Wednesday, March 7, 2018


I've lived below 9th Street for over thirty years.  In fact, I've always thought of 9th Street as right where my neighborhood begins.  Whenever I return from parts north, I always get that feeling of home when I cross its boundaries.  And it's a fine border, a hub of activity from people coming to or from the train, or bus, or on foot, from every direction.  There's nothing pretty about Fifth and 9th except the people.  By some quirk of fate, or its very unremarkable features, Fifth & 9th has stayed immune from any fancy makeover. It's anchored by basics: the bank, the grocery, the discount store.  A convenience store & good Halal stand.  Along with the new there are old familiar faces: Connie, our resident diva panhandling in Chase, the sock vendor, the guys selling empanadas down the block, the bleary-eyed drinker outside Smith's, the occasional fiery street preacher.  Schoolkids, stroller moms, shoppers, and hangers-around. There's a diversity here long gone in most of what you'd call Park Slope today. You're still as likely to hear Spanish here as English.  Fifth and 9th is for everyone, on everyone's route. It's the best of us.

But it's not a safe crossroads. Just in the last year or two, we've had cars careening onto the sidewalk and crashing into corner stores. A pedestrian was mown down by a speeding car. Yesterday two more lives were lost - two little children, crossing the street with their mothers.  Their deaths broke everybody's hearts, and all day I've seen crowds gathered around the makeshift memorial outside of Chase.  The mix of the groups that gather here is the only thing that can possibly console on a day like today.  All of us together: black, white, brown, young, old. In these fractious times, we're easily divided, and quick to lay the blame or stereotype each other - the NIMBY curmudgeon, the self-absorbed millennial, the showy newcomer, the elderly has-been.  But here by the memorial, everyone feels united.  Everyone feels the same shock at the senseless deaths of such young kids.  It could have been any of us.  Any of our children, or our children's children. And everyone I hear or speak to is angry that the drivers who speed through our streets are still, after all this time, getting away with murder.  Everyone wants real justice, now.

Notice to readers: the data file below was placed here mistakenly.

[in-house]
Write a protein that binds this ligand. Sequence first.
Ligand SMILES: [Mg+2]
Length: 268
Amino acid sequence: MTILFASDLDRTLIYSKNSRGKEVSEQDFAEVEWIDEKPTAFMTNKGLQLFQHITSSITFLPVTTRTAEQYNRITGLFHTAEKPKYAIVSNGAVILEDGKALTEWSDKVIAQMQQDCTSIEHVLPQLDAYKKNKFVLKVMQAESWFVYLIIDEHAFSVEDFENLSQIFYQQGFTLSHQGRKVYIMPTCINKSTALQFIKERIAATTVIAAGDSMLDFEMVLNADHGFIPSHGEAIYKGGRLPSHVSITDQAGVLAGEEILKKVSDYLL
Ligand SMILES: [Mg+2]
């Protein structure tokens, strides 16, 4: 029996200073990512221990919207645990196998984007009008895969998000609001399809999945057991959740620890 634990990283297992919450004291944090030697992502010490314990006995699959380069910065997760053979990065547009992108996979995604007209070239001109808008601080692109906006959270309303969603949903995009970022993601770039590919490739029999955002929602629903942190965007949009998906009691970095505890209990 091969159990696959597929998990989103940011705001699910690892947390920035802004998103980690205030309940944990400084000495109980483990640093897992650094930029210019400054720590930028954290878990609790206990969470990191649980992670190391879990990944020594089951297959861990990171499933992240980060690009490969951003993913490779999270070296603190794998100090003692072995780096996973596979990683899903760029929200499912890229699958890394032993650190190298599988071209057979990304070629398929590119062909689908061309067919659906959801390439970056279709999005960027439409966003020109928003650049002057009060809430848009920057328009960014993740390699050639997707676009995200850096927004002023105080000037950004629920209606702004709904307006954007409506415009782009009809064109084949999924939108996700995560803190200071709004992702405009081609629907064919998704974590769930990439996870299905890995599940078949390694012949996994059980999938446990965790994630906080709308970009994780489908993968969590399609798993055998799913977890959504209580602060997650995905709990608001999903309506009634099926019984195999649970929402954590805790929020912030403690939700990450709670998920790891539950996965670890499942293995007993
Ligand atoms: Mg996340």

Throughout the day the memorial grows bigger, as people stop to light candles, drop off flowers or toys, or simply draw together for comfort.  Mothers and children stand, wordless.  Decades of deaths and injuries, and near-misses - both here at 9th & on nearby blocks - are recalled.  A couple of people remember there used to be a toy store where the bank now stands.  It seems fitting in the saddest way. With a storm coming in, someone remarks that the rain and snow will wash away the cards and roses and little plush bears by morning.  

How many more memorials must it take?

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